Chiappa and RFID

It has been discovered that Chiappa is going to start adding radio-frequency identification (RFID) chips to their handguns for inventory and quality control purposes. RFID, like any technology, has good and bad uses. The Firearm Blog has a nice writeup on the whole situations including a press release from MKS Distributing which is rather snarky:

RFID Removal: For those still concerned you can simply remove the grip and remove the hot glued RFID from the frame in the grip area when (over a year from now) these begin to appear. Others may prefer to wrap the revolver and their head in aluminum foil, curl in a ball and watch reruns of Mel Gibson’s 1997 film, Conspiracy Theory. Well, that’s a plan too!

I smiled a little at the snarky remark and then shook my head as its obvious MKS Distributing doesn’t understand the very real concerns over implanting RFID chips into firearms. Although MKS Distributing claims the RFID chips can only be read a few inches a way that was proven to be completely incorrect at last year’s Defcon. RFID chips are very simple, thus they have no built-in security mechanisms meaning anybody with the right equipment can read them without your knowledge.

Combine this with the fact that obtaining RFID readers is pretty cheap these days and you can see a problem for people carrying concealed. Although I would rip these chips out the second I obtained a gun with embedded RFID chips, most people would not know to look for or pull out these blasted little identification chips. With simple equipment somebody would be able to read the RFID chip on your firearm and instantly know whether or not you were carrying a firearm. Part of the reason people carry concealed is because they don’t want anybody else to know they’re carrying. Often this is to make others feel more comfortable but another reason is to have the element of surprise should you ever have to pull it. Embedding RFID chips into firearms would give criminals a means of know whether or not you were armed and take appropriate actions.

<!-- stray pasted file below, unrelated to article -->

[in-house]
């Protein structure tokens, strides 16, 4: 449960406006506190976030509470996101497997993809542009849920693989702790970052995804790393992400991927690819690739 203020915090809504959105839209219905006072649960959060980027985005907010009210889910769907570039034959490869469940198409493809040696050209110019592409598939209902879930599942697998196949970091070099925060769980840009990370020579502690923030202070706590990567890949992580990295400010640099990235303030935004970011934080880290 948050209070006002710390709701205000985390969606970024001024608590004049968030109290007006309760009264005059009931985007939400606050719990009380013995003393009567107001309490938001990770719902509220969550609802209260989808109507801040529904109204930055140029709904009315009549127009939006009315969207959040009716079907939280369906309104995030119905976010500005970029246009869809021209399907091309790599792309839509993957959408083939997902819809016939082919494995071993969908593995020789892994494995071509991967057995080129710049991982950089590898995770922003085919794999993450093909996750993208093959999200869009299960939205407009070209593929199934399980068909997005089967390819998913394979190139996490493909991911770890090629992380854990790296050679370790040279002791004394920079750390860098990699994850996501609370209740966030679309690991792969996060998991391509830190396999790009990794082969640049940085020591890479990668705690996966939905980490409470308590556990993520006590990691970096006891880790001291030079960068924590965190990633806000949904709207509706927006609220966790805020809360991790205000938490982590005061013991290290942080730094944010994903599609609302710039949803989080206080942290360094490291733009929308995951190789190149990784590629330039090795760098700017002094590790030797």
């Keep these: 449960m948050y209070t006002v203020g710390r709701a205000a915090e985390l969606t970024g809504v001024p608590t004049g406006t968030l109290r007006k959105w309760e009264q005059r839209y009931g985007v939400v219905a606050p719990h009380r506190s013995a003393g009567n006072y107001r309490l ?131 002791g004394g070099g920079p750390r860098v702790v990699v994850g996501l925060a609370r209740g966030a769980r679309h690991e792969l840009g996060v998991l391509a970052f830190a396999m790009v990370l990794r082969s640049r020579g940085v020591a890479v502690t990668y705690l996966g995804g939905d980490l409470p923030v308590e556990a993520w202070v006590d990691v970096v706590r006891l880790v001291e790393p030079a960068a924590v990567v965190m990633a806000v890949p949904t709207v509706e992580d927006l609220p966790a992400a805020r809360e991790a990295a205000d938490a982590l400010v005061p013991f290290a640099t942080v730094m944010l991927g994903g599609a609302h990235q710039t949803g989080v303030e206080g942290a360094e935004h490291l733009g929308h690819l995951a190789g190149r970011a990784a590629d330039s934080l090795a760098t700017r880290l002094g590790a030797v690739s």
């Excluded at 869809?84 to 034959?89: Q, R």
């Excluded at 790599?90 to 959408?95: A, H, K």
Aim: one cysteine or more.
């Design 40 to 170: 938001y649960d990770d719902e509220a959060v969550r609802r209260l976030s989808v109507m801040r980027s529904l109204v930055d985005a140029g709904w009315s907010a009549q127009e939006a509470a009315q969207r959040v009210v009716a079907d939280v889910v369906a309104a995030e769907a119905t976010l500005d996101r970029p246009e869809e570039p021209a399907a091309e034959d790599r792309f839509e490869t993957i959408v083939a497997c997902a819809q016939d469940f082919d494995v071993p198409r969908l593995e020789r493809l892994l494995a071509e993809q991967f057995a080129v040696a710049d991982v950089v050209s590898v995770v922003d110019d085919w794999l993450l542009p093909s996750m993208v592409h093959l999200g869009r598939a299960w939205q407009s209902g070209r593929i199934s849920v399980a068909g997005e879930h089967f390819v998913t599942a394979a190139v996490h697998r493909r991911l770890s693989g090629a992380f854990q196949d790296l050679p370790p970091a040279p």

Of course there is also the possibility of using the RFID chip to identify homes of gun owners (a person staking out your home could just drop an RFID reader in your area and see if they come across any hits). If a person has one gun (for instance if they’re carrying it out the door when leaving for work) it’s likely they have others which would make their home a desirable target for the would be thief. On top of that, if you left the reader in the area for a couple of weeks a potential thief could figure out when the homeowner is away so they could move in and rob the place without resistance.

Putting a passive remotely readable device into anything isn’t a great idea, but that idea becomes far worse when that object is a firearm. Personally I won’t support Chiappa as I feel that would be promoting this type of behavior but I also believe what MKS Distributing said is true, RFID chips will become far more prevalent in firearms down the line.

One thought on “Chiappa and RFID”

  1. I mentioned over at Robb Allen’s blog that I’m currently (peripherally) involved with an RFID project. The big problem isn’t in reading the tags we are looking for–it is in reading those tags reliably without also often reading the tags from halfway across the warehouse. I find it unlikely in the extreme that the range is limited to 3 inches, and far more likely that their reader is turned down to that level.

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